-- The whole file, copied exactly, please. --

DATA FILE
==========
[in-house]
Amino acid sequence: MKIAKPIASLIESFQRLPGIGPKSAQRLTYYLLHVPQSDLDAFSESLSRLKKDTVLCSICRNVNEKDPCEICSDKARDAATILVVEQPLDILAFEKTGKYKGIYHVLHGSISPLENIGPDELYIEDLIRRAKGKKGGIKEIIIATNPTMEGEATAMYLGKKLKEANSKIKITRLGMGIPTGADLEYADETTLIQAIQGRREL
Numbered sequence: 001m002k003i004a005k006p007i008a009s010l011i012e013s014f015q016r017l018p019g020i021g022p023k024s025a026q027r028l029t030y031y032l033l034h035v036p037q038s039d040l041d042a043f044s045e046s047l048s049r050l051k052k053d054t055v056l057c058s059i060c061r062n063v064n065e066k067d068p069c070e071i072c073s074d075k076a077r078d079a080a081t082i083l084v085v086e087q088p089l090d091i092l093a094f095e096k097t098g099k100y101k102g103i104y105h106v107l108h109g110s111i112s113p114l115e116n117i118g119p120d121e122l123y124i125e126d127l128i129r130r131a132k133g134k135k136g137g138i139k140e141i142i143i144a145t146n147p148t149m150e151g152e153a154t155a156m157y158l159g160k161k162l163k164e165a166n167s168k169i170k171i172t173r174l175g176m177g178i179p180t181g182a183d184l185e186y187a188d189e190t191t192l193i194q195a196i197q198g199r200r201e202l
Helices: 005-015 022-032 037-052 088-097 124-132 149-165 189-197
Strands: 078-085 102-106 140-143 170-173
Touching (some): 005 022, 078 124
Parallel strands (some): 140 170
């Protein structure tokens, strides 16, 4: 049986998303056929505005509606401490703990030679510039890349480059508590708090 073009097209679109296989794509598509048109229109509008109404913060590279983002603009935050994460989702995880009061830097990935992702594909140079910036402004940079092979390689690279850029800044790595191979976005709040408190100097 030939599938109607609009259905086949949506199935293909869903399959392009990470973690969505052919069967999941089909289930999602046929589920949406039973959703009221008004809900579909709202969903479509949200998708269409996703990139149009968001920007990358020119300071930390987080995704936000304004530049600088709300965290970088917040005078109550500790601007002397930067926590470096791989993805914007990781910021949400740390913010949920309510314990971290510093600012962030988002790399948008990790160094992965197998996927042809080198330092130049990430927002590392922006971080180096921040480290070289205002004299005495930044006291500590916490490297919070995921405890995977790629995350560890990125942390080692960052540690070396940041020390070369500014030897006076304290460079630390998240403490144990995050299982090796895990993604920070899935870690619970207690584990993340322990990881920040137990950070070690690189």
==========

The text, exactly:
[in-house]
Amino acid sequence: MKIAKPIASLIESFQRLPGIGPKSAQRLTYYLLHVPQSDLDAFSESLSRLKKDTVLCSICRNVNEKDPCEICSDKARDAATILVVEQPLDILAFEKTGKYKGIYHVLHGSISPLENIGPDELYIEDLIRRAKGKKGGIKEIIIATNPTMEGEATAMYLGKKLKEANSKIKITRLGMGIPTGADLEYADETTLIQAIQGRREL
Numbered sequence: 001m002k003i004a005k006p007i008a009s010l011i012e013s014f015q016r017l018p019g020i021g022p023k024s025a026q027r028l029t030y031y032l033l034h035v036p037q038s039d040l041d042a043f044s045e046s047l048s049r050l051k052k053d054t055v056l057c058s059i060c061r062n063v064n065e066k067d068p069c070e071i072c073s074d075k076a077r078d079a080a081t082i083l084v085v086e087q088p089l090d091i092l093a094f095e096k097t098g099k100y101k102g103i104y105h106v107l108h109g110s111i112s113p114l115e116n117i118g119p120d121e122l123y124i125e126d127l128i129r130r131a132k133g134k135k136g137g138i139k140e141i142i143i144a145t146n147p148t149m150e151g152e153a154t155a156m157y158l159g160k161k162l163k164e165a166n167s168k169i170k171i172t173r174l175g176m177g178i179p180t181g182a183d184l185e186y187a188d189e190t191t192l193i194q195a196i197q198g199r200r201e202l
Helices: 005-015 022-032 037-052 088-097 124-132 149-165 189-197
Strands: 078-085 102-106 140-143 170-173
Touching (some): 005 022, 078 124
Parallel strands (some): 140 170
């Protein structure tokens, strides 16, 4: 049986998303056929505005509606401490703990030679510039890349480059508590708090 073009097209679109296989794509598509048109229109509008109404913060590279983002603009935050994460989702995880009061830097990935992702594909140079910036402004940079092979390689690279850029800044790595191979976005709040408190100097 030939599938109607609009259905086949949506199935293909869903399959392009990470973690969505052919069967999941089909289930999602046929589920949406039973959703009221008004809900579909709202969903479509949200998708269409996703990139149009968001920007990358020119300071930390987080995704936000304004530049600088709300965290970088917040005078109550500790601007002397930067926590470096791989993805914007990781910021949400740390913010949920309510314990971290510093600012962030988002790399948008990790160094992965197998996927042809080198330092130049990430927002590392922006971080180096921040480290070289205002004299005495930044006291500590916490490297919070995921405890995977790629995350560890990125942390080692960052540690070396940041020390070369500014030897006076304290460079630390998240403490144990995050299982090796895990993604920070899935870690619970207690584990993340322990990881920040137990950070070690690189």